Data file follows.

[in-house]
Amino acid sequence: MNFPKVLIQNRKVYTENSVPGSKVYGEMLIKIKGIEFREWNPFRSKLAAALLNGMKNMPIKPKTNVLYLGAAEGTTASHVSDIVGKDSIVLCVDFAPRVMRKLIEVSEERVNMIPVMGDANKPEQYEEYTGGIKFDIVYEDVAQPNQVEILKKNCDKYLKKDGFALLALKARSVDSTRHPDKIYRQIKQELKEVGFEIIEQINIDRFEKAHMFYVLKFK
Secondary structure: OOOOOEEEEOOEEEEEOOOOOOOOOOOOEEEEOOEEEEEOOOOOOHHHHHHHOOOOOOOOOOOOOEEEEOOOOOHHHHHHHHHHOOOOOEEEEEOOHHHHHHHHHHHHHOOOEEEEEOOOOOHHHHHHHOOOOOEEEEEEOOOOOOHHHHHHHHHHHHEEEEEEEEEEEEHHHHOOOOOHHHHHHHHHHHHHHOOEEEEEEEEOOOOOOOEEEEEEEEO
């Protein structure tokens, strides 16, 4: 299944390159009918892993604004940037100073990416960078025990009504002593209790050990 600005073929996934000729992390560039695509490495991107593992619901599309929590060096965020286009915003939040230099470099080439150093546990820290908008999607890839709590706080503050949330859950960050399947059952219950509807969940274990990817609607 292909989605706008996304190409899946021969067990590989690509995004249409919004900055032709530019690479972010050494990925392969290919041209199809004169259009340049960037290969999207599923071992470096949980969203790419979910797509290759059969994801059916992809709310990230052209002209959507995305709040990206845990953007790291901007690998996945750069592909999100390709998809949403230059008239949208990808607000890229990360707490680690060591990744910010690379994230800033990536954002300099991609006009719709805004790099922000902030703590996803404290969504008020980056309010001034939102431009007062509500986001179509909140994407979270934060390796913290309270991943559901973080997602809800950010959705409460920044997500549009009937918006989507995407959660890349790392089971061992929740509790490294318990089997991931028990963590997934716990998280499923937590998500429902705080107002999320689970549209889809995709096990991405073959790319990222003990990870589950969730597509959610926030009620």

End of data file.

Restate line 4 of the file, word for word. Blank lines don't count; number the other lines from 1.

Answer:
């Protein structure tokens, strides 16, 4: 299944390159009918892993604004940037100073990416960078025990009504002593209790050990 600005073929996934000729992390560039695509490495991107593992619901599309929590060096965020286009915003939040230099470099080439150093546990820290908008999607890839709590706080503050949330859950960050399947059952219950509807969940274990990817609607 292909989605706008996304190409899946021969067990590989690509995004249409919004900055032709530019690479972010050494990925392969290919041209199809004169259009340049960037290969999207599923071992470096949980969203790419979910797509290759059969994801059916992809709310990230052209002209959507995305709040990206845990953007790291901007690998996945750069592909999100390709998809949403230059008239949208990808607000890229990360707490680690060591990744910010690379994230800033990536954002300099991609006009719709805004790099922000902030703590996803404290969504008020980056309010001034939102431009007062509500986001179509909140994407979270934060390796913290309270991943559901973080997602809800950010959705409460920044997500549009009937918006989507995407959660890349790392089971061992929740509790490294318990089997991931028990963590997934716990998280499923937590998500429902705080107002999320689970549209889809995709096990991405073959790319990222003990990870589950969730597509959610926030009620």